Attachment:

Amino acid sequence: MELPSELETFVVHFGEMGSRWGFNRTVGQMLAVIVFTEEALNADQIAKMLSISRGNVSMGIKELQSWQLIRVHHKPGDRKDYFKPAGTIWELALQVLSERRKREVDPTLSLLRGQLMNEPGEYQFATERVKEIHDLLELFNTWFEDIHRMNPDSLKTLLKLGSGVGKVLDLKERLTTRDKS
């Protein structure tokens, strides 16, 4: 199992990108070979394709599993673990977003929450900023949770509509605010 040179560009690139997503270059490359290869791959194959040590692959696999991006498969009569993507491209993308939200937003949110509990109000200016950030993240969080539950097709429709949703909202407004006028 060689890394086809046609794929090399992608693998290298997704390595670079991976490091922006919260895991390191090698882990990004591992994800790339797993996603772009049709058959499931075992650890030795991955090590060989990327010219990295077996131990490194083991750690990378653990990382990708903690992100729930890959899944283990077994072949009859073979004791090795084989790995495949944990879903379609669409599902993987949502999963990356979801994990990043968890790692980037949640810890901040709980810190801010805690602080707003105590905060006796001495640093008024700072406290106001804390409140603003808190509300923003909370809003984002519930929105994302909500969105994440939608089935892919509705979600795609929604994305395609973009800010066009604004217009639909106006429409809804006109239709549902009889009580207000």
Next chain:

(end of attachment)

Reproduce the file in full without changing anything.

Amino acid sequence: MELPSELETFVVHFGEMGSRWGFNRTVGQMLAVIVFTEEALNADQIAKMLSISRGNVSMGIKELQSWQLIRVHHKPGDRKDYFKPAGTIWELALQVLSERRKREVDPTLSLLRGQLMNEPGEYQFATERVKEIHDLLELFNTWFEDIHRMNPDSLKTLLKLGSGVGKVLDLKERLTTRDKS
């Protein structure tokens, strides 16, 4: 199992990108070979394709599993673990977003929450900023949770509509605010 040179560009690139997503270059490359290869791959194959040590692959696999991006498969009569993507491209993308939200937003949110509990109000200016950030993240969080539950097709429709949703909202407004006028 060689890394086809046609794929090399992608693998290298997704390595670079991976490091922006919260895991390191090698882990990004591992994800790339797993996603772009049709058959499931075992650890030795991955090590060989990327010219990295077996131990490194083991750690990378653990990382990708903690992100729930890959899944283990077994072949009859073979004791090795084989790995495949944990879903379609669409599902993987949502999963990356979801994990990043968890790692980037949640810890901040709980810190801010805690602080707003105590905060006796001495640093008024700072406290106001804390409140603003808190509300923003909370809003984002519930929105994302909500969105994440939608089935892919509705979600795609929604994305395609973009800010066009604004217009639909106006429409809804006109239709549902009889009580207000």
Next chain: